A Path to Narrowing Connecticut’s Wealth Gap

By Mark Seavy

If there is a path to narrowing the wealth gap in Connecticut and addressing economic inequality it might as well start at birth.

The so-called Baby Bonds bill, introduced by State Treasurer Shawn Wooden earlier this year, would set up a trust controlled by the Office of State Treasurer and establish a $5,000 savings account for children born into families enrolled in the state’s HUSKY Medicaid program. When the child turns 18, the money is unfrozen and can only be used for education, housing, retirement security or investment purposes.

Assuming a 6.9% return, that savings account could grow to more than $16,000 by the time each youth is eligible to collect the funds and provide benefits to individuals that might not otherwise have access to them. It’s not a panacea for addressing the long-standing economic inequality in Connecticut. But it’s a start.

The proposed House legislation being sponsored by Geraldo Reyes, D-Waterbury; Anthony Nolan, D-New London; and Travis Simms, D-Norwalk, is not without precedent. U.S. Sen. Cory Booker, D-N.J., made a $1,000 savings account for every child a core policy of his 2020 presidential campaign, a promise similar to a bill he initially proposed in 2017. Earlier this year, Booker reintroduced a bill to promote the legislation on the federal level. Outside the U.S., Hungary and the United Kingdom have similar programs.

The Connecticut bill potentially helps bridge the economic gap existing between many Connecticut communities by creating a stronger and more resilient state and eliminating disparities that hurt the economy.

The need is there. As recently as 2018, 38% of Connecticut families could not afford basic needs and 11% lived below the federal poverty line. Black and brown families represent a disproportionate number of these families. But of the nearly one million Connecticut residents enrolled in the HUSKY program in 2020, 62% were white and live in every corner of the state.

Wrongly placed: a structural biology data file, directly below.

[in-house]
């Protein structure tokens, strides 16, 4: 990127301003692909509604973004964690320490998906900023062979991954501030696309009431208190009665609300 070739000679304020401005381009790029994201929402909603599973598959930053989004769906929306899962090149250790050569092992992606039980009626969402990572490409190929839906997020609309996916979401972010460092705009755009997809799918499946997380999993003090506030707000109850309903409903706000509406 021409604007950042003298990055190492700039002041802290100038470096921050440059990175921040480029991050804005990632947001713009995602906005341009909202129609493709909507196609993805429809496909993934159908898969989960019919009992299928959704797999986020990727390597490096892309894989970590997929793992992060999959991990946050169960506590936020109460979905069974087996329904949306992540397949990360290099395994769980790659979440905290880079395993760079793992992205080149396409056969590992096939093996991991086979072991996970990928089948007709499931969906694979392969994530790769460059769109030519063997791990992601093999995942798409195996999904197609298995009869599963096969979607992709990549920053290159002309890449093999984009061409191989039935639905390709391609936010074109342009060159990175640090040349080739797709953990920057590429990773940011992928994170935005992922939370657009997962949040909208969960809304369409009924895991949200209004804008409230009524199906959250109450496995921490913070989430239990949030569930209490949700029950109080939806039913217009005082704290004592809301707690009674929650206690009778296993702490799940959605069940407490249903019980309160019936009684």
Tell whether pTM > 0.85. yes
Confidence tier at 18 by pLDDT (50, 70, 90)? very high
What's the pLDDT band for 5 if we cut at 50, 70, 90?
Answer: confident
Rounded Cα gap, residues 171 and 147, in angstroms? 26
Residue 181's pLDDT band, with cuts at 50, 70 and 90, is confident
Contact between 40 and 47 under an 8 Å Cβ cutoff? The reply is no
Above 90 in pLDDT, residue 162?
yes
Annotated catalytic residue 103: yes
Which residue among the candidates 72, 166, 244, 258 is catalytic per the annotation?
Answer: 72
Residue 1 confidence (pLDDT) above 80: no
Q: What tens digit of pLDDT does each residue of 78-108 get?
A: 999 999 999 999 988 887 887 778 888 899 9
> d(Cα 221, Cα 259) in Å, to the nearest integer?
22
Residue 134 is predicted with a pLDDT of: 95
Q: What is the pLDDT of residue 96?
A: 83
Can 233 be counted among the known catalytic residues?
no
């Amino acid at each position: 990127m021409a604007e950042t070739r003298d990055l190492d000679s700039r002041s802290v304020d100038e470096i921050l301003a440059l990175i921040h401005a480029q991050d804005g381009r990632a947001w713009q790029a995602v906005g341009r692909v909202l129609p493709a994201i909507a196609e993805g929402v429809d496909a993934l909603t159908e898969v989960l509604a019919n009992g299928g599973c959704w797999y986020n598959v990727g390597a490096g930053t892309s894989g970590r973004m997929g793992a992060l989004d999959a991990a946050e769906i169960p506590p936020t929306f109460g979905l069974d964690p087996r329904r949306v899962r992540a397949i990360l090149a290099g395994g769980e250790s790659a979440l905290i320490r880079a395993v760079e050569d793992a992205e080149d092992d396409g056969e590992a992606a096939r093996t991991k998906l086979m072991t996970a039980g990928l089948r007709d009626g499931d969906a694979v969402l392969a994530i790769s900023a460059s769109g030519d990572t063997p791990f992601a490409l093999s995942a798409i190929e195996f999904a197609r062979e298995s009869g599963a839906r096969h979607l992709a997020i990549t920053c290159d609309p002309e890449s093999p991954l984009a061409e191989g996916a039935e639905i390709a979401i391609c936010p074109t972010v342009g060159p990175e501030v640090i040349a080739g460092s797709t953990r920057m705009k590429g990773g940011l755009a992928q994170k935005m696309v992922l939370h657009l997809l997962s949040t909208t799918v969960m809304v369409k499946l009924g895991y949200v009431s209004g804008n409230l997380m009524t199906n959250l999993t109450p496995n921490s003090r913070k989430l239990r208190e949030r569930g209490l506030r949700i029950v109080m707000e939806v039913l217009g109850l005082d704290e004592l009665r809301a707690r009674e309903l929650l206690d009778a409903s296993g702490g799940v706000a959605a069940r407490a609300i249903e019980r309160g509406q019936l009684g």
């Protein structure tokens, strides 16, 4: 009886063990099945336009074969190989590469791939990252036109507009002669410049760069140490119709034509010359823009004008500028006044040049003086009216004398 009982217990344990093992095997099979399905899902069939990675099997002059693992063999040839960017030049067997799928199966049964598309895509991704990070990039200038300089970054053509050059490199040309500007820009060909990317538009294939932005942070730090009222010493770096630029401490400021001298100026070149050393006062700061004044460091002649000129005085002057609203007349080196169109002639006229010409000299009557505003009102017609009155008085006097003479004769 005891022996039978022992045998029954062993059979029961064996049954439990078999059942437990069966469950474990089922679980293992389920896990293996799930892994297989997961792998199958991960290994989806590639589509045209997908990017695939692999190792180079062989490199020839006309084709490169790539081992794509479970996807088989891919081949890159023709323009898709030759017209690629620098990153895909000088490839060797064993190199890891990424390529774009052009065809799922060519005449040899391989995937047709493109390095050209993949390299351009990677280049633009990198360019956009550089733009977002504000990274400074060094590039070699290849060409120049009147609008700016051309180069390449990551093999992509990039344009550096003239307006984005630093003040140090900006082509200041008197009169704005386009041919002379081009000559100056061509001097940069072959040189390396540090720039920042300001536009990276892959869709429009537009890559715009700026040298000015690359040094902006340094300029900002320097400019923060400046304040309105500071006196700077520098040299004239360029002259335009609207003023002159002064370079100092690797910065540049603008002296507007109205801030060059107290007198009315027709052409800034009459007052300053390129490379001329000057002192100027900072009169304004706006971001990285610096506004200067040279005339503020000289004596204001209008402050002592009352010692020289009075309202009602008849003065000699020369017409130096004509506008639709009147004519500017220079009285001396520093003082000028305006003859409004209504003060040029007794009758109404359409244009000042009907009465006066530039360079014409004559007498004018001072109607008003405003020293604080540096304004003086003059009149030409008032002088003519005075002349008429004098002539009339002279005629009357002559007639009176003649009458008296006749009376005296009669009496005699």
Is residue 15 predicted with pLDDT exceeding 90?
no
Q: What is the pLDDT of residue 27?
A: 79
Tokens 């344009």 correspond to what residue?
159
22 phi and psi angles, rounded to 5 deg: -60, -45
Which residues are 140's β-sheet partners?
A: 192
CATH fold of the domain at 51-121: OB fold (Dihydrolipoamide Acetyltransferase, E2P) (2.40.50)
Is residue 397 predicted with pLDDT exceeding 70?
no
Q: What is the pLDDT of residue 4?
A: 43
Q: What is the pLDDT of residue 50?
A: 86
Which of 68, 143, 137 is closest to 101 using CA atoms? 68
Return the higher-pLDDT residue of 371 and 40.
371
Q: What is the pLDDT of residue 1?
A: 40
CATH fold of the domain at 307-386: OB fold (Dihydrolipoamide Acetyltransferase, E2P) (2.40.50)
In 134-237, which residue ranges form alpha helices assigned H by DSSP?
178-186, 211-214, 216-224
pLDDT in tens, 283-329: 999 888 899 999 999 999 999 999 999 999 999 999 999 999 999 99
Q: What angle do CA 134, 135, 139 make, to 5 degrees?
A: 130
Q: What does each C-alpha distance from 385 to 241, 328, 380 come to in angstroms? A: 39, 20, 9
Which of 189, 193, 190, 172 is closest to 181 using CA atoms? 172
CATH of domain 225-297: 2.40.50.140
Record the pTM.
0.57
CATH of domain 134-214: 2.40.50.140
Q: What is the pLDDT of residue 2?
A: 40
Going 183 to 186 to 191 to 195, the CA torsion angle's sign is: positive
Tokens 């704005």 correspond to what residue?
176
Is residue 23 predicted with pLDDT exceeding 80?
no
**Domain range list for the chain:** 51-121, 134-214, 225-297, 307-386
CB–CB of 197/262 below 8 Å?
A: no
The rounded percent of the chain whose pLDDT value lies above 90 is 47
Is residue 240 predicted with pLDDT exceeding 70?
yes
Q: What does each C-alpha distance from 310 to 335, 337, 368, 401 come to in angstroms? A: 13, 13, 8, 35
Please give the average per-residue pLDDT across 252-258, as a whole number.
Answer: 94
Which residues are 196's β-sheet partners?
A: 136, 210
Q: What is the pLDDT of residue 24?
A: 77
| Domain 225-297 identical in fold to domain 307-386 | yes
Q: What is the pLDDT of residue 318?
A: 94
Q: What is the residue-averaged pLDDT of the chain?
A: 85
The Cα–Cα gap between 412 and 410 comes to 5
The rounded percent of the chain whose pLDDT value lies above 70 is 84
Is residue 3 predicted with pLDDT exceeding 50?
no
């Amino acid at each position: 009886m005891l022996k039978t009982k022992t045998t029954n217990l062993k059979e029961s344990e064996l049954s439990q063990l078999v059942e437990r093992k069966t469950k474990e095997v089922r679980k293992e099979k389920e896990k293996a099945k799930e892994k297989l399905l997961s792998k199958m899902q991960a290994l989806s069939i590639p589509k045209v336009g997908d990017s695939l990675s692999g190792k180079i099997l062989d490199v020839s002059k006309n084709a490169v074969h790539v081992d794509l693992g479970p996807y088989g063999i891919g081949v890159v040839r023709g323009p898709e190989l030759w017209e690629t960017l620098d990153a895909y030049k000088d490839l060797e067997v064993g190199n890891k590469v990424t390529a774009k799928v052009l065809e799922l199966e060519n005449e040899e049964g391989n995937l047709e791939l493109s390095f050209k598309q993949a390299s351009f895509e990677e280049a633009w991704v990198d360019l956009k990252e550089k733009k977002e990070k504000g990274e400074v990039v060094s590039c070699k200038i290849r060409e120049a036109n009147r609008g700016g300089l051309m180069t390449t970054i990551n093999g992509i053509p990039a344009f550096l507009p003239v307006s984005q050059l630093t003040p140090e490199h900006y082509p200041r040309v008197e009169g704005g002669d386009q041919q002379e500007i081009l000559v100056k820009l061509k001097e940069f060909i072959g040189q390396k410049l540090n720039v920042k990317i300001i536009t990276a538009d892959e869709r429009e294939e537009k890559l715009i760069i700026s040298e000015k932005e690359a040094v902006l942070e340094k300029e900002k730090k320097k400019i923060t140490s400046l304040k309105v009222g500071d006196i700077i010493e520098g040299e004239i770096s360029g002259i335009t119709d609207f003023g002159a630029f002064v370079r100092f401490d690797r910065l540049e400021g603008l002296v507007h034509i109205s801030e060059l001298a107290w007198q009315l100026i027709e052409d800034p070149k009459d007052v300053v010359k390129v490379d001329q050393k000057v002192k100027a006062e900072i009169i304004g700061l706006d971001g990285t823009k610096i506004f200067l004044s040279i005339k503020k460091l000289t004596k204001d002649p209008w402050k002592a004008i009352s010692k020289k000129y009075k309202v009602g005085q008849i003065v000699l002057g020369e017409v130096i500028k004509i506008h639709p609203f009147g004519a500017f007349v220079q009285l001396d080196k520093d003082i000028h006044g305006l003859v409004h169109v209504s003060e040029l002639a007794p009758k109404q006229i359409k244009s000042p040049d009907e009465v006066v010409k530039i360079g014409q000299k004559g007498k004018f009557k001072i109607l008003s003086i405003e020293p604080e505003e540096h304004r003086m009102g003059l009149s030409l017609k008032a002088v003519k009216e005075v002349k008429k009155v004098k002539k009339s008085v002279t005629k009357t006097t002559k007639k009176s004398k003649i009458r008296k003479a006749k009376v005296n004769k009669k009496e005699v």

Generational poverty is tied to an inability to access wealth and the ways build it and pass it on to the next generation. As a result, white households are twice as likely as Black households to receive an inheritance. And when black families to receive an inheritance, it is typically five times smaller than their white counterparts.

The Baby Bond bill is a step toward closing the wealth gap and ending the cycle of poverty. It allows individuals to accumulate wealth over the long term which in turn benefits families, their communities and the state economy.

The bill may not solve all of society’s problems and eradicate poverty overnight. But a 2019 Columbia University study showed that on a federal level, legislation could help in eliminating the racial wealth gap among young adults. And the New York Times reported that creating these types of savings accounts for newborns can change the behavior of account holders.

That change is a potential start for closing the wealth gap and one that is a long time in coming.

Mark Seavy is a 22-year resident of Ridgefield and serves on the Ridgefield Zoning Board of Appeals, to which he was elected to a 5-year term in 2017. The Ridgefield Democratic Town Committee provides this column.